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    Default Guide to Play by Post Games

    Guide to Play by Post Games

    The Guide to Play By Post Games is a resource for players and game masters, with tips and suggestions on how to conduct games via Play-by-Post (and other similar text mediums), as well as a set of commonly used templates and websites.

    Play by Post Questionnaire
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    When starting a game, a DM should provide enough information for players to make their characters. The 16 Questions (by TheVorpalTribble) have been traditionally used on this forum, but because of its length and redundancy, a newer version has been provided, which you should adapt to suit your needs. The tradtional sixteen questions have been preserved below as well.

    System: (e.g. D&D 3.5e, 4e, GURPS, etc.)
    Player Count: (Number of Players)
    Style of Play: (Type of Game, e.g. Hack & Slash, Roleplay, Sandbox)
    Allowed Content: (List of Allowed Content)
    • Book #1
    • Book #2
    • Book ##

    Character Creation: (Character Sheet Generation)
    Backstory: (Required?)
    Experience: (e.g. 5th Level)
    Wealth: (e.g. Standard WBL)
    Ability Scores: (e.g. Rolled 4d6b3)
    Hitpoints/Health: (e.g. Average, Rolled, Max)
    Alignment: (Restrictions?)
    Other Notes: (Anything Else You Want to Add)
    Copyable Template:
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    Code:
    [b]System:[/b]
    [b]Player Count:[/b]
    [b]Style of Play:[/b]
    [b]Allowed Content:[/b]
    
    
    [list]
    
    [*]Book #1
    [*]Book #2
    [*]Book ##
    [/list]
    
    [b]Character Creation:[/b]
    
    
    [list]
    
    [*]Backstory:
    [*]Experience:
    [*]Wealth:
    [*]Ability Scores:
    [*]Hitpoints/Health:
    [*]Alignment:
    
    [/list]
    
    [b]Other Notes:[/b]


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    The Sixteen Questions:
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    Quote Originally Posted by TheVorpalTribble
    1. What game system are you running (D&D, Call of Cthulu, Palladium, GURPS, etc.), and if applicable what edition (Original, Classic, Revised, 1st, 2nd, 3rd, 5th, 10th, etc.)?
    2. What 'type' or variant of game will it be (i.e. "Shadow Chasers" or "Agents of Psi" for d20 Modern)? What is the setting for the game (eg. historic period, published or homebrewed campaign setting, alternate reality, modern world, etc.)?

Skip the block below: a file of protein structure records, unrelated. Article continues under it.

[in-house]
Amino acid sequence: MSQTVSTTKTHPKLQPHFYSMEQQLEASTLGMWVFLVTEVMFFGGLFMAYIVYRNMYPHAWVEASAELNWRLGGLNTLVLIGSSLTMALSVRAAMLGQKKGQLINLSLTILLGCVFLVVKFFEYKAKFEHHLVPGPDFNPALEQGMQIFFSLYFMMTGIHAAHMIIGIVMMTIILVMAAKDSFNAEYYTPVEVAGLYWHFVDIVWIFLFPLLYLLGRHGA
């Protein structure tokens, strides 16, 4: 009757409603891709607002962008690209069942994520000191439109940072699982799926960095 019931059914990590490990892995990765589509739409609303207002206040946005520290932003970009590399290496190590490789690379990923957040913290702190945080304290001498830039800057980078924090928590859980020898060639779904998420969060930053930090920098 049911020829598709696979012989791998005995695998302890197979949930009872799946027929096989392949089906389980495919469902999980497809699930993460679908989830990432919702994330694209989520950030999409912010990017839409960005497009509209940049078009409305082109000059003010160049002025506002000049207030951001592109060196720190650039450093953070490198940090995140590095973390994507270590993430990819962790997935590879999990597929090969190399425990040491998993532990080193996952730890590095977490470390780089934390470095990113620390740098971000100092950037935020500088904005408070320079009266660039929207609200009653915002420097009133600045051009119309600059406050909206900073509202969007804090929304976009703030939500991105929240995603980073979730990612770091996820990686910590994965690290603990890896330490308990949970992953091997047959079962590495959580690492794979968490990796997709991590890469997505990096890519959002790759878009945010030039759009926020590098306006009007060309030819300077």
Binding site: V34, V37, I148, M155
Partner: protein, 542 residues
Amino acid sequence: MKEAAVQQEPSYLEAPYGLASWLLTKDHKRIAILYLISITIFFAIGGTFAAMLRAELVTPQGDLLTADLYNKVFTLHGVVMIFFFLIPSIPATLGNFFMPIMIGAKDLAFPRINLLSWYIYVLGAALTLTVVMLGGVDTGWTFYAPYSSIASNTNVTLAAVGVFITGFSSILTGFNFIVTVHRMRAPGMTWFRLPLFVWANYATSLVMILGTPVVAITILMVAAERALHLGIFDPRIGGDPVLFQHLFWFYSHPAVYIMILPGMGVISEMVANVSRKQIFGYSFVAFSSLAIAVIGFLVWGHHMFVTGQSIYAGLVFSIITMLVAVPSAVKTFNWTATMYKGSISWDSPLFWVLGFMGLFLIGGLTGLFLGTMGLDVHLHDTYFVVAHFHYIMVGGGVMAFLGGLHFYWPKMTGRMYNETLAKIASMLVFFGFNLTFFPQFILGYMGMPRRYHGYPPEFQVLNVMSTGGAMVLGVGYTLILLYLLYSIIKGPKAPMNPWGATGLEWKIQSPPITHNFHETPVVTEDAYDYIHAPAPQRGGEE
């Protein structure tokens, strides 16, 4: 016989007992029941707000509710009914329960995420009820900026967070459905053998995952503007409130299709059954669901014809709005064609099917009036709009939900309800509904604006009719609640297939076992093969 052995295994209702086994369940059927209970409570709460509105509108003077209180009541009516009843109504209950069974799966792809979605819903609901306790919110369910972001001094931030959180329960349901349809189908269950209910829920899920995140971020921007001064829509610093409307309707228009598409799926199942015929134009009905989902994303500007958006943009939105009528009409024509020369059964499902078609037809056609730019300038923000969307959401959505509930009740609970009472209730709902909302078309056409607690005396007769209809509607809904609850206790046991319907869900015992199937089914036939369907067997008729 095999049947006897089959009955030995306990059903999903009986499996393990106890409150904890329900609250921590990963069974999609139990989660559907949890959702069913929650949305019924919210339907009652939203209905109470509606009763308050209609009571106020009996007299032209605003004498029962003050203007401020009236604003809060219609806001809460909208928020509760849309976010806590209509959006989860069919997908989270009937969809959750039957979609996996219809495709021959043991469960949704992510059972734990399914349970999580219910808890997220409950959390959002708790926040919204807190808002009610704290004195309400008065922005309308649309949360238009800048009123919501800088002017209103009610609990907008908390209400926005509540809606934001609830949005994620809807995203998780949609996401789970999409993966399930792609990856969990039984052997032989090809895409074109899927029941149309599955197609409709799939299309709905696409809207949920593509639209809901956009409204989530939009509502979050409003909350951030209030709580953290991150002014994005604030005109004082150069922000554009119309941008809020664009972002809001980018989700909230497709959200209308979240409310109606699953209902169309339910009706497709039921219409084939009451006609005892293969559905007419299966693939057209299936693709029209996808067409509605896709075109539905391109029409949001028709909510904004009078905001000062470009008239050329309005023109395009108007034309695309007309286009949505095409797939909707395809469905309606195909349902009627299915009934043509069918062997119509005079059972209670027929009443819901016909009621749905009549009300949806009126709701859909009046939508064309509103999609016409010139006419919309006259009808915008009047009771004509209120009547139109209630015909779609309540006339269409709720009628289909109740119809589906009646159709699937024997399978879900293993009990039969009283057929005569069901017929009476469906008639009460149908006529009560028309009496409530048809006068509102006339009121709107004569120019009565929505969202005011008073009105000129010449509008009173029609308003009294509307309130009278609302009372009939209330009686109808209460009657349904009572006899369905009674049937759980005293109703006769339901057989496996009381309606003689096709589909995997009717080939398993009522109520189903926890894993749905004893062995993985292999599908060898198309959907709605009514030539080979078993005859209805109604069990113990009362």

3. How many Players are you looking for? Will you be taking alternates, and if so, how many?
    4. What's the gaming medium (OOTS, chat, e-mail etc.)?
    5. What is the characters' starting status (i.e. experience level)?
    6. How much gold or other starting funds will the characters begin with?
    7. Are there any particular character classes, professions, orders, etc. that you want... or do not want? What are your rules on 'prestige' and/or homebrewed classes?
    8. What races, subraces, species, etc. are allowed for your game? Will you allow homebrewed races or species? 'Prestige' races or species?
    9. By what method should Players generate their attributes/ability scores and Hit Points?
    10. Does your game use alignment? What are your restrictions, if so?
    11. Do you allow multi-classing, or have any particular rules in regards to it?
    12. Will you be doing all of the die rolling during the course of the game? Will die rolls be altered, or left to the honor system? If players can make die rolls, which ones do they make, how should they make the rolls, and how should they report them?
    13. Are there any homebrewed or optional/variant rules that your Players should know about? If so, list and explain them, or provide relevant links to learn about these new rules.
    14. Is a character background required? If so, how big? Are you looking for anything in particular (i.e. the backgrounds all ending up with the characters in the same city)?
    15. Does your game involve a lot of hack & slash, puzzle solving, roleplaying, or a combination of the above?
    16. Are your Players restricted to particular rulebooks and supplements, or will you be allowing access to non-standard material? What sources can Players use for their characters?
    Copyable Template:
    Code:
    [b]1. What game system are you running (D&D, Call of Cthulu, Palladium, GURPS, etc.), and if applicable what edition (Original, Classic, Revised, 1st, 2nd, 3rd, 5th, 10th, etc.)?[/b]
    
    [b]2. What 'type' or variant of game will it be (i.e. "Shadow Chasers" or "Agents of Psi" for d20 Modern)? What is the setting for the game (eg. historic period, published or homebrewed campaign setting, alternate reality, modern world, etc.)?[/b]
    
    [b]3. How many Players are you looking for? Will you be taking alternates, and if so, how many?[/b]
    
    [b]4. What's the gaming medium (OOTS, chat, e-mail etc.)?[/b]
    
    [b]5. What is the characters' starting status (i.e. experience level)?[/b]
    
    [b]6. How much gold or other starting funds will the characters begin with?[/b]
    
    [b]7. Are there any particular character classes, professions, orders, etc. that you want... or do not want? What are your rules on 'prestige' and/or homebrewed classes?[/b]